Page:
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Grasse

GRASSE, a town in the French department of the Alpes Maritimes (till 1860 in that of the Var) , 1 1\ m. by rail N. of Cannes. Pop. (1906) town, 13,958; commune, 20,305. It is built in a picturesque situation, in the form of an amphitheatre and at a height of 1066 ft. above the sea, on the southern slope of a hill, facing the Mediterranean. In the older (eastern) part of the town the streets are narrow, steep and winding, but the new portion (western) is laid out in accordance with modern French ideas. It possesses a remarkably mild and salubrious climate, and is well supplied with water. That used for the purpose of the factories comes from the fine spring of Foux. But the drinking water used in the higher portions of the town flows, by means of a conduit, from the Foulon stream, one of the sources of the Loup. Grasse was from 1244 (when the see was transferred hither from Antibes) to 1790 an episcopal see, but was then included in the diocese of Frejus till 1860, when politically as well as ecclesiastically, the region was annexed to the newlyformed department of the Alpes Maritimes. It still possesses a 12th-century cathedral, now a simple parish church; while an ancient tower, of uncertain date, rises close by near the town hall, which was formerly the bishop's palace (13th century). There is a good town library, containing the muniments of the abbey of Lerins, on the island of St Honorat opposite Cannes. In the chapel of the old hospital are three pictures by Rubens. The painter J. H. Fragonard (1732-1806) was a native of Grasse, and some of his best works were formerly to be seen here (now in America). Grasse is particularly celebrated for its perfumery. Oranges and roses are cultivated abundantly in the neighbourhood. It is stated that the preparation of attar of roses (which costs nearly 100 per 2 Ib) requires alone nearly 7,000,000 roses a year. The finest quality of olive oil is also manufactured at Grasse. (W. A. B. C.)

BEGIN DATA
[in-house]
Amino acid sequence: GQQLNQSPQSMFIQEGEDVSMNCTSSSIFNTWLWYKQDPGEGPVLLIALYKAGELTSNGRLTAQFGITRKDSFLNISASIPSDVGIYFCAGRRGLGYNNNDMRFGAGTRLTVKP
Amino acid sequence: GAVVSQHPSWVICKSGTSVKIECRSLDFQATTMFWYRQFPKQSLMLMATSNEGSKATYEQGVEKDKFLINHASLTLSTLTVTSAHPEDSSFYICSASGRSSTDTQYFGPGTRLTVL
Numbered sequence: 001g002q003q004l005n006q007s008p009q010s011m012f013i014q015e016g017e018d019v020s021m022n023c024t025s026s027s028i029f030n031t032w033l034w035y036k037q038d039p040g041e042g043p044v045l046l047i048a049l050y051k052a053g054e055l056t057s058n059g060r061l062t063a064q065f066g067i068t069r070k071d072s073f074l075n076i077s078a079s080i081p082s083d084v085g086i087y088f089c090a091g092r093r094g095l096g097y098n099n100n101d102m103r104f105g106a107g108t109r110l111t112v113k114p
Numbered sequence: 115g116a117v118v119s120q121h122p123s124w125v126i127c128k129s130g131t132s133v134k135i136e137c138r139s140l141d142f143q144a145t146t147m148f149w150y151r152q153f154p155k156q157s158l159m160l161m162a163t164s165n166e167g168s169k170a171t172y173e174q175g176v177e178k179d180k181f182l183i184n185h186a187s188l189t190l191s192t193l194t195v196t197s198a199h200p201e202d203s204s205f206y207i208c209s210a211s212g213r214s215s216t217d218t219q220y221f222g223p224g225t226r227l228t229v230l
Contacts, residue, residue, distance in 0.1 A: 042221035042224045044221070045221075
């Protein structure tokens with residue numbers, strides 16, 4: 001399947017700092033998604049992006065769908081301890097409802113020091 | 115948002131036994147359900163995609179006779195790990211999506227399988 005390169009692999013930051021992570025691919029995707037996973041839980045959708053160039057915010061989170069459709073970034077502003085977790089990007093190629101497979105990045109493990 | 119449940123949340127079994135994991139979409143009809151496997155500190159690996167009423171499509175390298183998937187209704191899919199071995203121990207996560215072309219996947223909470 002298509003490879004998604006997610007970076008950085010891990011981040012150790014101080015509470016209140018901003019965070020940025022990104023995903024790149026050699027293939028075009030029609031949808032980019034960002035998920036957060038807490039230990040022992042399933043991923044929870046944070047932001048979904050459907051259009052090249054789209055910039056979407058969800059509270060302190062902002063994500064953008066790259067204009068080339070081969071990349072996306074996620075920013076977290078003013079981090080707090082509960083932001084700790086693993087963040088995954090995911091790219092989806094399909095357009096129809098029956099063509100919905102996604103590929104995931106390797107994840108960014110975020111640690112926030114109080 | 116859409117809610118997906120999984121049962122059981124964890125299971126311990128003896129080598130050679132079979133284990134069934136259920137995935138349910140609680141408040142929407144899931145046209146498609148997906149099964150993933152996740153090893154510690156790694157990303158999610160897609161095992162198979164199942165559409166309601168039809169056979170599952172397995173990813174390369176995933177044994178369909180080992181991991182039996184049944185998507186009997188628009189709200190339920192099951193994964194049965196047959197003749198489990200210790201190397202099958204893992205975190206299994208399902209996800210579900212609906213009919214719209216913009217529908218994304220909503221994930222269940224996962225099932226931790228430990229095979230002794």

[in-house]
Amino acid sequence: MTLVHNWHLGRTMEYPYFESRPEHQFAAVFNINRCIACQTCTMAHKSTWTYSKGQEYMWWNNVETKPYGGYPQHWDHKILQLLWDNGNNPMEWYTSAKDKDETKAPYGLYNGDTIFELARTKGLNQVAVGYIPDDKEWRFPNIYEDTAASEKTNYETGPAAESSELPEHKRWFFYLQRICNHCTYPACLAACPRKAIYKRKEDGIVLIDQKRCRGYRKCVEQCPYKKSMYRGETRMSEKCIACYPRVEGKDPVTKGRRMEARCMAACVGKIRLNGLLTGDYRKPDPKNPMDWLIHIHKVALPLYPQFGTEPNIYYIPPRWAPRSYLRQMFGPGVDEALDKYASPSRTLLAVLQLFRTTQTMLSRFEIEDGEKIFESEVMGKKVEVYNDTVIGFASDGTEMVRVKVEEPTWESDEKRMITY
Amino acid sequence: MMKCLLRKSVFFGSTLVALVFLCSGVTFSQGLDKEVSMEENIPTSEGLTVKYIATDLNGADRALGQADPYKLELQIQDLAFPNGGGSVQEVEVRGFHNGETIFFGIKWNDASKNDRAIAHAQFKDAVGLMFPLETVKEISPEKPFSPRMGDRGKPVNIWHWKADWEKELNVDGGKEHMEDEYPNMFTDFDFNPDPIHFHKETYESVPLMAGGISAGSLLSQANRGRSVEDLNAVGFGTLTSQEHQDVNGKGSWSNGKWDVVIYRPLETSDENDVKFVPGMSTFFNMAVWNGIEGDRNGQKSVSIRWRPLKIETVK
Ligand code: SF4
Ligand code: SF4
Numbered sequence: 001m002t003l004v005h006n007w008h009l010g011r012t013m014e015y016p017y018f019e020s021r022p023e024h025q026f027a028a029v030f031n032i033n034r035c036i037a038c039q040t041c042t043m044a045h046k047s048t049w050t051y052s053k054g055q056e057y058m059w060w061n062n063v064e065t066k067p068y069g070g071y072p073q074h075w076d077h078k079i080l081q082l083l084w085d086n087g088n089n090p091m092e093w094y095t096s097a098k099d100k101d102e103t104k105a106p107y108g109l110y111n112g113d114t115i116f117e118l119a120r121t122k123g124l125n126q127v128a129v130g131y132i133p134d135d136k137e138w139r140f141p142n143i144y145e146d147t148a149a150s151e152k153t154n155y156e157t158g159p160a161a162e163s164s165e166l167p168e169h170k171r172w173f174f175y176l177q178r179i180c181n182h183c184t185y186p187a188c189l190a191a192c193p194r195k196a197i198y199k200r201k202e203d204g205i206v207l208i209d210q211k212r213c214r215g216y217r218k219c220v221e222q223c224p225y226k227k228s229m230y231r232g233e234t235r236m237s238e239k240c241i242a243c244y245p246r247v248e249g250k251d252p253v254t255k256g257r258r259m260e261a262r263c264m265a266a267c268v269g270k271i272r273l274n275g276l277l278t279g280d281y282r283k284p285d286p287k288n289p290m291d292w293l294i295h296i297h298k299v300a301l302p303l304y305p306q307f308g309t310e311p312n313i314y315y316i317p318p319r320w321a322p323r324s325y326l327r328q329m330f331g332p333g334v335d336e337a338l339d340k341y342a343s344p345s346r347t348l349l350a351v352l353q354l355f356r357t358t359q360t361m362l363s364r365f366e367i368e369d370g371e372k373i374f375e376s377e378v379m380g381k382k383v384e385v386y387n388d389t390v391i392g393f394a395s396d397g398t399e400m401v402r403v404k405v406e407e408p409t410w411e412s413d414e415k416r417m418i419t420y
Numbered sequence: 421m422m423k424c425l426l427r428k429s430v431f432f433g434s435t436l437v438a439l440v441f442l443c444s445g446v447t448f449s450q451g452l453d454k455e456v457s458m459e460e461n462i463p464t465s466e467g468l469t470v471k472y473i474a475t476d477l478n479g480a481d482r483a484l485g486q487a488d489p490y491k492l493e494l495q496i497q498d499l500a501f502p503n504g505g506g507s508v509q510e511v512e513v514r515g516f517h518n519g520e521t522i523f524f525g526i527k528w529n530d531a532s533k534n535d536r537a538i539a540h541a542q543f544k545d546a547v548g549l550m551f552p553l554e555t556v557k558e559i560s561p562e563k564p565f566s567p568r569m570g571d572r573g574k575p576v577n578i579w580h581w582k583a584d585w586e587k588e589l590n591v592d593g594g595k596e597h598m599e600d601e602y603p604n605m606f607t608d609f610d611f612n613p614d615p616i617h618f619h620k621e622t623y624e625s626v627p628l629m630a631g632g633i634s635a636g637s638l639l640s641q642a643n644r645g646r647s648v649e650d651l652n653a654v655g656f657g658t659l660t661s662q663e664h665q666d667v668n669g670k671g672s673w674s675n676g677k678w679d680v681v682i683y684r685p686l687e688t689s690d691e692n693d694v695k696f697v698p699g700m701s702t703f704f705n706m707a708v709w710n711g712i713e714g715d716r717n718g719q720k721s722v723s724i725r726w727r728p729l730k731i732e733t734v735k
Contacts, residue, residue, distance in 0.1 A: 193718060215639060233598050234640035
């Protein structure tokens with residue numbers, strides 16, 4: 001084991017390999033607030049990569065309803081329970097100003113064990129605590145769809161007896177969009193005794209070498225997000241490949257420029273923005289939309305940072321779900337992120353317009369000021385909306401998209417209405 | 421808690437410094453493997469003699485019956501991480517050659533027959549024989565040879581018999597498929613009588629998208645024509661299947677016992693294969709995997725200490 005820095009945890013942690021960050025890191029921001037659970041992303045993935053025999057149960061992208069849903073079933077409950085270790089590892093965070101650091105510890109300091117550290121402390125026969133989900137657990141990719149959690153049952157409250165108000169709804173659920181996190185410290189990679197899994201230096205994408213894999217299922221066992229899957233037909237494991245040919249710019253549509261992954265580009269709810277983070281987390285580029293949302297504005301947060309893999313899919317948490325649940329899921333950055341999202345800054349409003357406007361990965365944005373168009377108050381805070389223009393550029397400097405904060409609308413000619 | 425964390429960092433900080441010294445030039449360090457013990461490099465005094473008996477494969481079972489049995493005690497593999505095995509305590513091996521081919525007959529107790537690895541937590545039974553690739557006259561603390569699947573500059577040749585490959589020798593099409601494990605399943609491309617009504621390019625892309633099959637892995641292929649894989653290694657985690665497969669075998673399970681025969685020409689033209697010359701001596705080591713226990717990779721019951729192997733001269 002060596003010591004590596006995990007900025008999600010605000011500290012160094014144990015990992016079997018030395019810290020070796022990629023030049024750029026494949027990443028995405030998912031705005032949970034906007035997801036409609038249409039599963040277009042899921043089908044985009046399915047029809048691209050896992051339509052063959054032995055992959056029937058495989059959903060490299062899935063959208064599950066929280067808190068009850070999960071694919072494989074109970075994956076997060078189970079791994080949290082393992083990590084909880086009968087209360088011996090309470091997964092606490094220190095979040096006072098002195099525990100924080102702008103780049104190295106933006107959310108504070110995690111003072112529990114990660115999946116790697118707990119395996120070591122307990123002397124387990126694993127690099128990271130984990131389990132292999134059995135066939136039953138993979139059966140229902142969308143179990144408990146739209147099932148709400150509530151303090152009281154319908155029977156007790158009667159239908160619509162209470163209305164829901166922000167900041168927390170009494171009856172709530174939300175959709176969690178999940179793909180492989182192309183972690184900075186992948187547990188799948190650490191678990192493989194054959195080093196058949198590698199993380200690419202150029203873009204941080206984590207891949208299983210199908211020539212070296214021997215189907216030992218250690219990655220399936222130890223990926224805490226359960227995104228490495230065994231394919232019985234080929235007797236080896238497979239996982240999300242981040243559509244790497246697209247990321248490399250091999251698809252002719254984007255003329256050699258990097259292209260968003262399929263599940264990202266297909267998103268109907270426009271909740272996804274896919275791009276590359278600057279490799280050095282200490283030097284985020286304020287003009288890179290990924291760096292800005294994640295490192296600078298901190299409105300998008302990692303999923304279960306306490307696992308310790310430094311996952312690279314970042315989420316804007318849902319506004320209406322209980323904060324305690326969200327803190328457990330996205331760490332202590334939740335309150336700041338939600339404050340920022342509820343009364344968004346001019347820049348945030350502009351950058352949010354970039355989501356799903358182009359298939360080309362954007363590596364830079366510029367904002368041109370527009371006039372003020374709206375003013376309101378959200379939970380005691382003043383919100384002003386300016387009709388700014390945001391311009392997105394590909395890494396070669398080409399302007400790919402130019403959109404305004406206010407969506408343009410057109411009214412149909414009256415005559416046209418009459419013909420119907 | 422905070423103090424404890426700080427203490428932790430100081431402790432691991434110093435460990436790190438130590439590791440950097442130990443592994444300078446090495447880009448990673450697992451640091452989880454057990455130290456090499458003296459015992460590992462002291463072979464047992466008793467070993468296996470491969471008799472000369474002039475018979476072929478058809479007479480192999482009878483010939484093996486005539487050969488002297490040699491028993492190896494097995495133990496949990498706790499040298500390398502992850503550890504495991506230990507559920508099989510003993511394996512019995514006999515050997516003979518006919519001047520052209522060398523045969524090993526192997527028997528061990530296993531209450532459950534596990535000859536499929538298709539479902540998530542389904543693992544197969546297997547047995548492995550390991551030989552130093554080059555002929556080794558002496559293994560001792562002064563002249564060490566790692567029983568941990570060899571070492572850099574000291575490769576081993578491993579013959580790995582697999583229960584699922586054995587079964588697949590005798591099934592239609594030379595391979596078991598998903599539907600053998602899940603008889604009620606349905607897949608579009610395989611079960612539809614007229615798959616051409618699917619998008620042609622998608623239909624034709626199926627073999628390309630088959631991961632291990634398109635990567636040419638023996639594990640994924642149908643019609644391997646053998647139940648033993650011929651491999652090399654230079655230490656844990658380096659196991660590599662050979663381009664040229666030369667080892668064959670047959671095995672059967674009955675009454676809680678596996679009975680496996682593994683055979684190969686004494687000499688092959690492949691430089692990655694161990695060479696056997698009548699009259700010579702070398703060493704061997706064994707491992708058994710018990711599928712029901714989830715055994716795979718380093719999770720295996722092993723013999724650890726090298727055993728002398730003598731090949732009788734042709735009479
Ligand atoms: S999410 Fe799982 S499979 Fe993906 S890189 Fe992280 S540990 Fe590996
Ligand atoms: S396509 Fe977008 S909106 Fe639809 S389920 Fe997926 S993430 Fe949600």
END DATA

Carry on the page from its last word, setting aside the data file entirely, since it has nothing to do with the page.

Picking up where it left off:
Note - this article incorporates content from Encyclopaedia Britannica, Eleventh Edition, (1910-1911)

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